ENA SENDIJAREVIć ACID CANNES IFFR MOVIE

Take me Somewhere Nice - Trippin' on Instagram feed

The beauty of hyperrealistic, kitsch stylised world we are living in.

A neon blue curtain is slowly moving in a still frame while the electronic beats are following it in the background, from slow and gentle to faster and higher. Cut. A mother and a daughter, in tacky, faded neon blue swimsuits are sun baiting in their minimalist square-shaped garden, somewhere in the Netherlands while practising common useful sentences in the Bosnian language. All of a sudden, a neighbour, in a caricatured manner, runs his head through the hedges and asks the women for their summer plans. Words like quirky and unusual would be an oversimplification of these opening minutes of Take me Somewhere Nice by Ena Sendrijarević, a Bosnian born director currently based in the Netherlands.

 

As daughter Alma - starring Sara Luna Zorić  - answers the neighbour, we get the basic premise of the film. She has decided to visit her sick father and spend a summer with him in Bosnia. The only problem is when she comes there, here cousin Emir - starring Ernad Prnjavorac - and his best friend Denis - starring Lazar Dragojević - have way better things to do than to take Alma to Podveležje to meet with her dad. 

  

Trippin' on Instagram feed

Take me Somewhere Nice,  is a stunning and elaborate visual spectacle filmed in 4:3 aspect ratio. Almost every shot of this film resembles an Instagram profile/ Tumblr blog of common millennial. Director Sendijarević opposes the blend, grey socialist architecture and wasteland landscapes with pastel pink and blue dominant fever-dream of a hipster girl hooked into some of the most common pop indie filmmakers, like W. Anderson, N.W. Refn or Y. Lanthimos. All these contradictions are done purposefully, to bring the viewer closer to a mental state of the film's protagonists. 

 

When it comes to a film narrative, it plays out mostly in a poetic way, combining the elements of road trip film and angsty teen coming of age drama. Even though it is hard to say that there are a goal or a place where the film is heading, in the traditional sense, the representation of the two opposing societies, in a clash, is obvious and is done splendidly. From the first image of Alma and her cousin Emir, one next to another it is obvious that they have hardly anything in common. When they first speak to one another, we can even notice lingual differences, between the two, even tho they are using the same tongue.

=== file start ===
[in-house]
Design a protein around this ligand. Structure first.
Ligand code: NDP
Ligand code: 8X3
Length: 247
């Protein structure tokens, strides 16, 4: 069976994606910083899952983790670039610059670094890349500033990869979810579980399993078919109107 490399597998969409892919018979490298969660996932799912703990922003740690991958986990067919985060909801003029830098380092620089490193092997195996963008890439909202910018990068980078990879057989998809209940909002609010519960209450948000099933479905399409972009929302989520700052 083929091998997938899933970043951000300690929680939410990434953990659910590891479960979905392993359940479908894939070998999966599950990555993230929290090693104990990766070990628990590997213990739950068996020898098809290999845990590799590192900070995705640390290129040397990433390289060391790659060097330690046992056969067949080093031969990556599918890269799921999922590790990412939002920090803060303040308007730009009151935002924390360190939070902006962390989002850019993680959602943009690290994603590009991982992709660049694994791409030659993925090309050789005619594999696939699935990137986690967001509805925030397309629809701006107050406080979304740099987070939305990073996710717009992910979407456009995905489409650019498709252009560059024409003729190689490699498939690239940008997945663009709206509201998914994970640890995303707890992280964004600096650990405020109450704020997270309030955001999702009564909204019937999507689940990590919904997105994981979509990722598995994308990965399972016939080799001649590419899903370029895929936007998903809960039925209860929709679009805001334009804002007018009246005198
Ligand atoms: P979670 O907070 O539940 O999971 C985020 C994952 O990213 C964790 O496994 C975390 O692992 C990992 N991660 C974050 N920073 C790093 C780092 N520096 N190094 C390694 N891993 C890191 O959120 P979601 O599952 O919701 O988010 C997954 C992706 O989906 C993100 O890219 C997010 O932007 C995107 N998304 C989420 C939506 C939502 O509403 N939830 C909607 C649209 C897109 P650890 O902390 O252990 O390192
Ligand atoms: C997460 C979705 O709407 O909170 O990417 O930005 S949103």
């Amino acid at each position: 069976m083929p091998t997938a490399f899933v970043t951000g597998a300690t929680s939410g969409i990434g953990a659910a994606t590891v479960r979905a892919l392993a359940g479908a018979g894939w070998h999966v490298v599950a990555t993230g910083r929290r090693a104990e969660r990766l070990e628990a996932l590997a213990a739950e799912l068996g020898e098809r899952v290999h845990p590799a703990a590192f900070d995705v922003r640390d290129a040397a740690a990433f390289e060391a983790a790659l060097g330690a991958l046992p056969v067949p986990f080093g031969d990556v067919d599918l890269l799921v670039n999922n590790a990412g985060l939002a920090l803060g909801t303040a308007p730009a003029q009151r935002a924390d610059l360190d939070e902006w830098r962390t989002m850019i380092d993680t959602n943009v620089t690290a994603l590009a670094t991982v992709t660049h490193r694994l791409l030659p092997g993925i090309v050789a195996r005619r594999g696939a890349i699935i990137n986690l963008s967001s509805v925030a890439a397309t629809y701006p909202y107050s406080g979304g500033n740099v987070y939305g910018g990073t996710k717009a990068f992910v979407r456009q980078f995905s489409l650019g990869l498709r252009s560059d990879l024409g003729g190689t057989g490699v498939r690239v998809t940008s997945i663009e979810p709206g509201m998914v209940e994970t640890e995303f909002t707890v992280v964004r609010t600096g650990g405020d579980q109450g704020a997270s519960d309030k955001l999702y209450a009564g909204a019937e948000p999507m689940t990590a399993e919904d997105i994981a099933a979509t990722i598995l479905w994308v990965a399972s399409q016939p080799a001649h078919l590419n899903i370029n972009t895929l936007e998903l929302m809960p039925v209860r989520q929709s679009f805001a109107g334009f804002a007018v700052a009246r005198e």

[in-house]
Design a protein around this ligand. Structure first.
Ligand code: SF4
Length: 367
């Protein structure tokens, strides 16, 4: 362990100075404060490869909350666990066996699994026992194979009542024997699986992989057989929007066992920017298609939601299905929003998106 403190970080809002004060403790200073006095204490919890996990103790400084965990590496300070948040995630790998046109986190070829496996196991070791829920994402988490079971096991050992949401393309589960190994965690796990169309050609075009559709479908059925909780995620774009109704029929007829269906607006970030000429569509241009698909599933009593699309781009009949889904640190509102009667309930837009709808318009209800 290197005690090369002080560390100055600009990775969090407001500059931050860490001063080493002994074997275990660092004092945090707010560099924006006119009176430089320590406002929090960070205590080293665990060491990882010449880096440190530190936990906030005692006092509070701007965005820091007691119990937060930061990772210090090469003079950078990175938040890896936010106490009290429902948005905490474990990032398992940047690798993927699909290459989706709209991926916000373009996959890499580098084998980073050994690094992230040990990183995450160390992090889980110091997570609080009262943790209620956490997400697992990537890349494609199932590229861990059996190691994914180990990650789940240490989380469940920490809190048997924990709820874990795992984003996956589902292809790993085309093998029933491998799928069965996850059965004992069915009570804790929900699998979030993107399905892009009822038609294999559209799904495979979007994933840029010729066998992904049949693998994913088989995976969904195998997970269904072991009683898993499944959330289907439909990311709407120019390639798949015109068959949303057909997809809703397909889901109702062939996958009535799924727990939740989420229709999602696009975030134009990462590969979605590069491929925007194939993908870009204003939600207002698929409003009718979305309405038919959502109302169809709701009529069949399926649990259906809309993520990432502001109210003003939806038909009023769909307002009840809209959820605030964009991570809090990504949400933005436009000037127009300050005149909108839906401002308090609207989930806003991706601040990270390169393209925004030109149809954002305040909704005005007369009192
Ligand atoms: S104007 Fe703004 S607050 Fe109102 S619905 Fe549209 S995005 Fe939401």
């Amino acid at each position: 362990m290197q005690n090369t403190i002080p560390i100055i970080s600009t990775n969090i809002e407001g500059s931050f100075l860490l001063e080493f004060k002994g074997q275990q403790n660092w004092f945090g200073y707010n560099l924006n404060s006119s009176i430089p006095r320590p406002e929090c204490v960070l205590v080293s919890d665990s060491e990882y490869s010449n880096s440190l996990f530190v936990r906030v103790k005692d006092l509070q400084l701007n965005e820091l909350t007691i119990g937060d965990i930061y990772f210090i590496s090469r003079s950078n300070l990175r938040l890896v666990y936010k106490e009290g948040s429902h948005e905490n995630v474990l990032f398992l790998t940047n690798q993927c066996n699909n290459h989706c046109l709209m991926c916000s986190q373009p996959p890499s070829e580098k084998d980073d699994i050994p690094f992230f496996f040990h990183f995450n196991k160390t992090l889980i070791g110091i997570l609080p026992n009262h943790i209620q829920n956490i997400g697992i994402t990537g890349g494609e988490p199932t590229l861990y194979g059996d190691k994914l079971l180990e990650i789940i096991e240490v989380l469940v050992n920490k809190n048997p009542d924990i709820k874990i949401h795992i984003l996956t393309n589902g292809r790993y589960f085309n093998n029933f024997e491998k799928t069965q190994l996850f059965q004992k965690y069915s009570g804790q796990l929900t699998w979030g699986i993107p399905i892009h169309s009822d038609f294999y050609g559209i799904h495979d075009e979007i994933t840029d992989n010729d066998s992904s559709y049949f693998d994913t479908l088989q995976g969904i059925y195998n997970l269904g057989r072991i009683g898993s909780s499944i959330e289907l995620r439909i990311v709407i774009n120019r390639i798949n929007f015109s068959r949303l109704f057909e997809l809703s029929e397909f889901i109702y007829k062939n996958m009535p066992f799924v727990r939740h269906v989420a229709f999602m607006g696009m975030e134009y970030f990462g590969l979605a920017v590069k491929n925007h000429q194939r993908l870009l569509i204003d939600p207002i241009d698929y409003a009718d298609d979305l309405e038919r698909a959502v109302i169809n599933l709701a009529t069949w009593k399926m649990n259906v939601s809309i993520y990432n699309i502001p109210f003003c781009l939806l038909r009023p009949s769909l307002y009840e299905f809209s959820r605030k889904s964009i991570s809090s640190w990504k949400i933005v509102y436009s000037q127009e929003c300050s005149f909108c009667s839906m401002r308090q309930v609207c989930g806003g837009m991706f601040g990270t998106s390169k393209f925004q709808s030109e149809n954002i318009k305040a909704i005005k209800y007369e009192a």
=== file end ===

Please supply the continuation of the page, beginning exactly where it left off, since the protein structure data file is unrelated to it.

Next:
The uncomfortable bizarreness of Balkans

Maybe the best-shown difference between Alma, who has been raised in the Netherlands and Emir/Denis who was raised in Bosnia is the way the characters are open-minded/close-minded to the things that surround them. While Alma always takes action and is openly argumentative about everything that happens, boys, on the other hand, are stuck in a conservative, rotten nationalist mentality of Bosnia where they think there is nothing that can be done, in any situation they get into. This is best seen in the first act and the procrastination of the road trip because they just happen not to have time, resources or will to do it, while the opposite is obvious.

  

The brilliance of this film lays within the Sendijarević's desition to confront every day, sleazy, common situations of Bosnian society as well as Bosnian diaspora with an artistically elevated, surroundings, which in combination reveal the truth about the hyperrealistic, kitsch stylised world we are living in today. The director doesn't hide or limit herself to some kind of comfort zone, she openly provokes by showing us all the small things we would like to keep commonly hidden. The politician sleazebags are highly motivated to pay their way to bed with underaged girls, being horny and abusing drugs isn't foreign or tabu to teens and brainless muscular idiots are ready to kill somebody who just looks at them in a wrong way. 

  

Truth to be told, Take me Somewhere Nice is 91 minutes of artsy, road trip elaborate mess that isn't for the most common film viewers. This is rather film for the audience that enjoys new and unconventional ways of storytelling and the ones who are ready to see banal imagery that manages simultaneously to provoke and make laugh. 

 

NB: Take me Somewhere Nice has been awarded Tiger Award - Special Mention at this year's International Film Festival Rotterdam, as well as Hear of Sarajevo Award at Sarajevo Film Festival. The film also screened as part of The ACID programme at the Cannes International Film Festival.

©IMDb

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